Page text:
Two Poems by Rob Cook

Rob Cook

My Bugs

O daddy long legs in the orchids and wisteria,
how you make my cock-cells swell!
O caterpillar cubs folded in the fern petals,
you are lovely as shoulders tied with ribbons
and valentine nettles!

That’s what she slipped into my ear
when I told her my life was ruined by insects.

“They said they liked me,
but my cricket kept farting
when girls came near.”

She said she could see them
doing pirouettes in my eyeballs,
my bugs waving bouquets of hearts-on-a-stem.

She asked if she could borrow one
after it reached the temperature
of a blood blossom or a yellow jacket’s rose
that the itchy summer remembered well.

I thought she was being romantic.

She was,
but when they made human faces at her
and began yodeling “Maneater”

she pointed to all the moles
on my body that were fed

and mourned like something recalcitrant
and repeated only in song
and said,
I’m turning off my nipples now
and swatted my body from the bed,
one birthmark,
two birthmarks, three
birthmarks or more
from the exaggerated, deep white bed.


He stands by his cardboard

(beneath the buzzing Gaseteria light)

“It’s me! Your favorite bum!”

and then

a subsequent grumbling
into his bible written again
with freezing alcohol,

the street interruptions of Con-Ed

(where a dog walked her owner
to electrocution)


“Mommy, is that man petting
his beard so it can sleep?”

to a wheelchair with its passout
face, some
arms and no legs

at the corner of Chrystie and Whole Foods,

the man digging from his own lips—

a fractured tongue?
a tooth trembling with coldness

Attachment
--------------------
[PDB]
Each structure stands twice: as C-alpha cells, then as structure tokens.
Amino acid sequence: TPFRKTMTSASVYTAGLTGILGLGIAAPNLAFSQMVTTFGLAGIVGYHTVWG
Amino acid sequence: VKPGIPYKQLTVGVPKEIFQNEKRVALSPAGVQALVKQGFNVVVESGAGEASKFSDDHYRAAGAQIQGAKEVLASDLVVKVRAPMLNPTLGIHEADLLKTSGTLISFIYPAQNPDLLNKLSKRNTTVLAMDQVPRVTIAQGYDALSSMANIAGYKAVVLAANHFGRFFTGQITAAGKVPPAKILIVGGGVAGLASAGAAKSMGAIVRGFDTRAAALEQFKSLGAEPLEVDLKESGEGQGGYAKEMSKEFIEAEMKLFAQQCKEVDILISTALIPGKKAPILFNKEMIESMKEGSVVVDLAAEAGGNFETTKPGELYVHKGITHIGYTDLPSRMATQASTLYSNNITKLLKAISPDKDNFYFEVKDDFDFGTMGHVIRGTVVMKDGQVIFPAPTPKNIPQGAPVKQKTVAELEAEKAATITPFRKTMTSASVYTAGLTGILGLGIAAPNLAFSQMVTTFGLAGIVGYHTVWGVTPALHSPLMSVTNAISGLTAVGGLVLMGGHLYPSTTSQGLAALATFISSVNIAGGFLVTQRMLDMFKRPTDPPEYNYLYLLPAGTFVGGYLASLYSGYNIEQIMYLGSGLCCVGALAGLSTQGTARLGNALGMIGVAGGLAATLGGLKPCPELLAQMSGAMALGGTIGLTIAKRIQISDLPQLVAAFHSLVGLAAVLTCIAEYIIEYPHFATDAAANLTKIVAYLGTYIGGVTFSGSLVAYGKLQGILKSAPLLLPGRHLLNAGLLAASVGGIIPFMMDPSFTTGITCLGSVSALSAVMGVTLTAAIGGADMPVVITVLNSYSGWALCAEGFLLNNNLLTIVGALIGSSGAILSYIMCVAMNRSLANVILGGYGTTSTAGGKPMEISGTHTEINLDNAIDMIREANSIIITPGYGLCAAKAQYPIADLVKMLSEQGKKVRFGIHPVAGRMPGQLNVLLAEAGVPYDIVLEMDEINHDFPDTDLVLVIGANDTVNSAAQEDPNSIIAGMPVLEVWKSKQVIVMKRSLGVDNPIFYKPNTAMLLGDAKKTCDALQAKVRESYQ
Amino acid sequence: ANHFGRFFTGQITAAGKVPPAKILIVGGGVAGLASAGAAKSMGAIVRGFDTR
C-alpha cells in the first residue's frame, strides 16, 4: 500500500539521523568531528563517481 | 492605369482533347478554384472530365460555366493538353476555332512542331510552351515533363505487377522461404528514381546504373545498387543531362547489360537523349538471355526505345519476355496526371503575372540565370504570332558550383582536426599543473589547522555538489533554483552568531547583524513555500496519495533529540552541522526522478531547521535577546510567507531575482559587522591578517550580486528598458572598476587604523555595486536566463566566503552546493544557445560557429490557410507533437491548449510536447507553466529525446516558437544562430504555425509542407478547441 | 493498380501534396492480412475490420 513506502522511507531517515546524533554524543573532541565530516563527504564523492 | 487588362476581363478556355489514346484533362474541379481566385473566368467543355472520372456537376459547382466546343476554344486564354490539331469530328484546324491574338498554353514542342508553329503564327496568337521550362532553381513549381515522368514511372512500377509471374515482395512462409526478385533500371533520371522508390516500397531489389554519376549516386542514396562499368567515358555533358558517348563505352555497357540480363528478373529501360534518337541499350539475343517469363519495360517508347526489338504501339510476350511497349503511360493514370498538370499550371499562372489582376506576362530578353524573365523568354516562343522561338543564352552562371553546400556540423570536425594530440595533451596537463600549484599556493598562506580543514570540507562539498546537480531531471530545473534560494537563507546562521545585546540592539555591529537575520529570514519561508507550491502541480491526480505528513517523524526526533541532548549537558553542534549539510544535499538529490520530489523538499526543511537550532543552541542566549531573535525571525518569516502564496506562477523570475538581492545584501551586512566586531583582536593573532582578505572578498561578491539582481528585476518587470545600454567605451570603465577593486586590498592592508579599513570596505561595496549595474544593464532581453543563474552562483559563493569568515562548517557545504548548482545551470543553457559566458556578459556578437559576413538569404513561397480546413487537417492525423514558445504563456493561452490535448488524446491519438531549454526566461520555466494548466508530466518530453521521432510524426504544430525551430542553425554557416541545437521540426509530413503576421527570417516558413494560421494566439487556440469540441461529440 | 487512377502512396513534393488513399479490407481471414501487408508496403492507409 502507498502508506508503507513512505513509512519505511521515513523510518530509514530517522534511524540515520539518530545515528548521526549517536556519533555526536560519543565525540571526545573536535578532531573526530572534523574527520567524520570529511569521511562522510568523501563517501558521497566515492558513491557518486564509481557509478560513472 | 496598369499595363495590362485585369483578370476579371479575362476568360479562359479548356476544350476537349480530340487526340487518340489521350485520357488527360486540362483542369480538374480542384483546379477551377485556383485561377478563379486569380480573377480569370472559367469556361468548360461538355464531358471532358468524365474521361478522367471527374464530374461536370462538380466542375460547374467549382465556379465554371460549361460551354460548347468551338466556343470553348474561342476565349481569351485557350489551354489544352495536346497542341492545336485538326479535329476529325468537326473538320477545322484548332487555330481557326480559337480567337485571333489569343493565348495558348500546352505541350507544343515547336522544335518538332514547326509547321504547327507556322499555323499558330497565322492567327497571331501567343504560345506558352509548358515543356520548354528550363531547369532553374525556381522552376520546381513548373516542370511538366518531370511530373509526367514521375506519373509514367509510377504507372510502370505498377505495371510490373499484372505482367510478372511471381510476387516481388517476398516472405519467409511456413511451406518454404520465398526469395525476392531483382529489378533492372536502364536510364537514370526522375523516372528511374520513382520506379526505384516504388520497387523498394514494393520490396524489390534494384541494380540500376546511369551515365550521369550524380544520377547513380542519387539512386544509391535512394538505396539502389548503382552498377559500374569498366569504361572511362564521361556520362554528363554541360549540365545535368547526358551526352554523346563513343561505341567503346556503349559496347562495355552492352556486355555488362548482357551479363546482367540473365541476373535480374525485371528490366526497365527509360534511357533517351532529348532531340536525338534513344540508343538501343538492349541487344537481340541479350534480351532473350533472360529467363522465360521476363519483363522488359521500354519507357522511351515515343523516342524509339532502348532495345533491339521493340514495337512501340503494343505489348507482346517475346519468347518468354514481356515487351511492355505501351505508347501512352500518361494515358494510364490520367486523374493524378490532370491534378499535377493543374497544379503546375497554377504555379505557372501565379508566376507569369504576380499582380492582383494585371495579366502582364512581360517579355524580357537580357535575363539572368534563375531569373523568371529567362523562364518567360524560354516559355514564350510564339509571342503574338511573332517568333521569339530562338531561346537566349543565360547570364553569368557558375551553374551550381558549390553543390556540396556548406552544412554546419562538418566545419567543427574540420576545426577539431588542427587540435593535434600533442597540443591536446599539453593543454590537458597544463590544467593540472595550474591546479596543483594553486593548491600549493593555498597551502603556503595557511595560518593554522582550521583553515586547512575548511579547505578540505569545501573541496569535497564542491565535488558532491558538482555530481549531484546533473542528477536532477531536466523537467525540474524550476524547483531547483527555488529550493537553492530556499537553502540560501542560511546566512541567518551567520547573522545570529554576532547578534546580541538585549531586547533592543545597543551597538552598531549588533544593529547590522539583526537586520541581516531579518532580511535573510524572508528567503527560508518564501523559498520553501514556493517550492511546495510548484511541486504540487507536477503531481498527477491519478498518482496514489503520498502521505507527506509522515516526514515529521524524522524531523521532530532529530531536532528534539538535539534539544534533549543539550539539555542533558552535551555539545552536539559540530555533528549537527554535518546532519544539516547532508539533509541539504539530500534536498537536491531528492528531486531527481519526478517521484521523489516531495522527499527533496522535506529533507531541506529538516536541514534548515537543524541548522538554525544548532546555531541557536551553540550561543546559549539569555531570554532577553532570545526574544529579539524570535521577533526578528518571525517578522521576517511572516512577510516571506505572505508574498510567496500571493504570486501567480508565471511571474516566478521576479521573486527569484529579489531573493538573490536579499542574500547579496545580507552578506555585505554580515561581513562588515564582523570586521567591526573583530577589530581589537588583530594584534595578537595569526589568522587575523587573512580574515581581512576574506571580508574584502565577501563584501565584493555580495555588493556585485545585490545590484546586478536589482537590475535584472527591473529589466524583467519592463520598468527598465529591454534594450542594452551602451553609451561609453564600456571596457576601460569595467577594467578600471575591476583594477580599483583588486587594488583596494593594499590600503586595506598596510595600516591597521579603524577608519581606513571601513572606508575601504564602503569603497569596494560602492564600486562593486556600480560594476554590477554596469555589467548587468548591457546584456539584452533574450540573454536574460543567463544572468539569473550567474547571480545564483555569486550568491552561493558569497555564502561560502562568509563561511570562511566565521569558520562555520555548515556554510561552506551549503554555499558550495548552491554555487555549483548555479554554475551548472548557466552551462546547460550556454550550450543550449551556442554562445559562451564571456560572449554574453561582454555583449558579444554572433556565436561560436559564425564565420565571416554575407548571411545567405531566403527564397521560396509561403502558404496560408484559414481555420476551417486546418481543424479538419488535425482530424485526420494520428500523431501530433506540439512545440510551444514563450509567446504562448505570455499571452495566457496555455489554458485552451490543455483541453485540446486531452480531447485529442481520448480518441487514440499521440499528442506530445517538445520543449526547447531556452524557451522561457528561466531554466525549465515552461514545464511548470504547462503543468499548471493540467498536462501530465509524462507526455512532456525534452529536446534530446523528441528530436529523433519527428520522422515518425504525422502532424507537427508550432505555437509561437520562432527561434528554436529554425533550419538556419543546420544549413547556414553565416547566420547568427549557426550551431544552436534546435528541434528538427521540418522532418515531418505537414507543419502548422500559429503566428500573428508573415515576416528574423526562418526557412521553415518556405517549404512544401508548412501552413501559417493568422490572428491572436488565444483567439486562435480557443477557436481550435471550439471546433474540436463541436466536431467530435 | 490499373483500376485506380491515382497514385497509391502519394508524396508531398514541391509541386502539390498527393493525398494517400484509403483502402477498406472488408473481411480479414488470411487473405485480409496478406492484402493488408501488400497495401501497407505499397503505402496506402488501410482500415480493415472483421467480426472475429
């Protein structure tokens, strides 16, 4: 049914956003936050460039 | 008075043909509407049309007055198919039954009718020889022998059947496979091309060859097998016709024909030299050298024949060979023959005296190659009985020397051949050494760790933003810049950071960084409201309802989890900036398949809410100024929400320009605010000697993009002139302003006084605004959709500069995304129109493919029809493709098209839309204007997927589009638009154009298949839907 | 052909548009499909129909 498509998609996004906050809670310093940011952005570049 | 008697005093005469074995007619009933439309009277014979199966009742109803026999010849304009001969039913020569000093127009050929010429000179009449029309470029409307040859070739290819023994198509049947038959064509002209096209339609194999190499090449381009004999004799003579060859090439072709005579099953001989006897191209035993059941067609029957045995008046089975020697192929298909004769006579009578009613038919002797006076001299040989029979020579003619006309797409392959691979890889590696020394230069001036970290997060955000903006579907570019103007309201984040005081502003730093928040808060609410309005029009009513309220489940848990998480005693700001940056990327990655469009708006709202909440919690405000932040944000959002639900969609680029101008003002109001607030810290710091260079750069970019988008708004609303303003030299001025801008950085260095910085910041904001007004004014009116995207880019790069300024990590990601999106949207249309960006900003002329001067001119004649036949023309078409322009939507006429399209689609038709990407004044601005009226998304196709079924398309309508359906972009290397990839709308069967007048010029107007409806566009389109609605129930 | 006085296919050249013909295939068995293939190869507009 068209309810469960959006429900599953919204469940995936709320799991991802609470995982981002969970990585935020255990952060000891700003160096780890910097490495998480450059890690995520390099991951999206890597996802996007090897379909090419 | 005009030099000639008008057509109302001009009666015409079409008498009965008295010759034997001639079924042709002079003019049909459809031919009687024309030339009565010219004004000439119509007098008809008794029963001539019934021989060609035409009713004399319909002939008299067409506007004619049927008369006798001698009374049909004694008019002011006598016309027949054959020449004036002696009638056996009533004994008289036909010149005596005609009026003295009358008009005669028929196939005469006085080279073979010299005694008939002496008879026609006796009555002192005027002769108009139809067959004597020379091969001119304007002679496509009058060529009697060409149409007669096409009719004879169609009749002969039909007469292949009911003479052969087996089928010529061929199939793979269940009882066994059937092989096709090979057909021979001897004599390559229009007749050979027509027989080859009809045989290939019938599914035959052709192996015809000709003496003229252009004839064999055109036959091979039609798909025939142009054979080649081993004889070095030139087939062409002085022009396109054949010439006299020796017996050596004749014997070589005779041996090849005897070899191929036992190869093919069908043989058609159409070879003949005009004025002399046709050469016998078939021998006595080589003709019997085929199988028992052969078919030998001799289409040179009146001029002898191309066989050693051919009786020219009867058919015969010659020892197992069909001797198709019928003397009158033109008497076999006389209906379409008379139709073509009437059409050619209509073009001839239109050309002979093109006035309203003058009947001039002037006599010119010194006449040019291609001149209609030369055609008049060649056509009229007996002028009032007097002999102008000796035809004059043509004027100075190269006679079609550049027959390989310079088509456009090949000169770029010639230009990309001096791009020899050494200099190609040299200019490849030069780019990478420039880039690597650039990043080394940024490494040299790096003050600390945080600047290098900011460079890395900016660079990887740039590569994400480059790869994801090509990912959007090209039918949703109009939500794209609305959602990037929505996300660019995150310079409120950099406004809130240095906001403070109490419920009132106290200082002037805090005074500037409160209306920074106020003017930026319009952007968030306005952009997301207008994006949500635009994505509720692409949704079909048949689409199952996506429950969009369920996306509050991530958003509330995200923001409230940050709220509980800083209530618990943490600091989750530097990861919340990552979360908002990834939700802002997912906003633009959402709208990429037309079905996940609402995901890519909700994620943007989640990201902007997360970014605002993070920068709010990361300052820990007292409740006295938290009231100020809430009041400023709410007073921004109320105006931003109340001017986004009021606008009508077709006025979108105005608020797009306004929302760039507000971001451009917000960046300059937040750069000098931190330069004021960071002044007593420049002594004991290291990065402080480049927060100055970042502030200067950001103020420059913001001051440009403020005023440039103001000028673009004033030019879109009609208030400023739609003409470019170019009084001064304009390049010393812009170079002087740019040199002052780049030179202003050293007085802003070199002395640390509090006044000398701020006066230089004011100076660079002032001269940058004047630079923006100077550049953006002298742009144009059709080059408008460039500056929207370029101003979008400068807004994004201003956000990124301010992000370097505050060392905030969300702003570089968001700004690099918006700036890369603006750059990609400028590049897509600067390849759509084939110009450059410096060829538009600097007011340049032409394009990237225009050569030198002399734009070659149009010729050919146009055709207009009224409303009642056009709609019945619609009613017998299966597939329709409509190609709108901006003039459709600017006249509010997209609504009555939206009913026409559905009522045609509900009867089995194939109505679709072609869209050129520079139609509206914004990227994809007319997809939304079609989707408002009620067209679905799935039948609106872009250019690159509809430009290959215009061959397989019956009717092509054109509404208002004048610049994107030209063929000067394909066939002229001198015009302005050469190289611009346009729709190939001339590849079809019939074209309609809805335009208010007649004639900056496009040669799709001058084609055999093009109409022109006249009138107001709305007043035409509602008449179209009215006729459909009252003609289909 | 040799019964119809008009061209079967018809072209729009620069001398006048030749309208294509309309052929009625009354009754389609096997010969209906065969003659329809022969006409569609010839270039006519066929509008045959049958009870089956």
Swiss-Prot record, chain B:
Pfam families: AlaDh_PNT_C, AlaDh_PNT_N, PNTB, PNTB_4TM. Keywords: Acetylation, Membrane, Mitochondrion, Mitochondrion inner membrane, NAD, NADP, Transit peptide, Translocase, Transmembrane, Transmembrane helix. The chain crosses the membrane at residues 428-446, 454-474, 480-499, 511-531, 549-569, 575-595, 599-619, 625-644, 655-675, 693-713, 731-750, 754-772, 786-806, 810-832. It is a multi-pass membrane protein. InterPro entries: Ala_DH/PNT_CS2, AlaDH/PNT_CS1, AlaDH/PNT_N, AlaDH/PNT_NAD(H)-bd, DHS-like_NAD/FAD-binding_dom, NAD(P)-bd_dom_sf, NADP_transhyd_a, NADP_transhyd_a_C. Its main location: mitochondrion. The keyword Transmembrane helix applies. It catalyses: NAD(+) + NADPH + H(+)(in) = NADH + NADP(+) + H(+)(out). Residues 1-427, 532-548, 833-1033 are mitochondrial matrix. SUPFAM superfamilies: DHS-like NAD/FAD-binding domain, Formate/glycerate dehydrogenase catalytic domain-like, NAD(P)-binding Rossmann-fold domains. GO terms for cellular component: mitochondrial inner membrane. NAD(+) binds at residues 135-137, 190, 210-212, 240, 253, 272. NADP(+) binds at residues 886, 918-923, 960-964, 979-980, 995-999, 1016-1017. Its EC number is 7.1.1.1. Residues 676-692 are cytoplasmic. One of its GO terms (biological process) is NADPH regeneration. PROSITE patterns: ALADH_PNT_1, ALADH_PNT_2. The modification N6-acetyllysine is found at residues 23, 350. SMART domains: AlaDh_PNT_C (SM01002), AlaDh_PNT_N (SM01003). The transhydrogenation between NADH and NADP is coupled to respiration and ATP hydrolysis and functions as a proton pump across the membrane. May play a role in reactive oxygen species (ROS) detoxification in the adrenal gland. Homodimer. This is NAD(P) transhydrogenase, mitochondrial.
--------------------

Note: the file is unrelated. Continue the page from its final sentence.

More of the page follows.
of the tooth beside it, where nothing lives?
food he might’ve heard?

“Feed my coat,” he commands expensive
people passing the felt-up payphone.

Hours ago
a swarm of taxis
chewed the air to shouting
and pigeon gore

(what most call sunlight)

the twelve-hour sharing
of tyrannosaurus horns

separated not by traffic signals

but fossils timed to
telephone blinks

and a feral, repeated closing of the eyes

copied by those who collect
bags of cans and bottles

left at the curb as shelters
for pneumonia
and the woman who says
hello to everybody,

(and hello still a valuable word
in that season’s evacuated arson),

the woman gluing the wind back
together with canned
chicken rust,

cold as the one or two
surviving leaves

when they wince,

(trapping stray, sudden chasms
also used as food),

the bones of a tank top
scraped dry and floating
in a nearby puddle
of scrap light.

Rob Cook lives in New York City’s East Village. He is the author of six collections, including Asking my Liver for Forgiveness (Rain Mountain Press, 2015), Undermining of the Democratic Club (Spuyten Duyvil, 2014), Blueprints for a Genocide (Spuyten Duyvil, 2012), and Empire in the Shade of a Grass Blade (Bitter Oleander Press, 2013). Work has appeared in Asheville Poetry Review, Caliban, Fence, A cappella Zoo, Zoland Poetry, Tampa Review, Minnesota Review, Aufgabe, Caketrain, and Many Mountains Moving, among other publications.

Image: Wikimedia Commons

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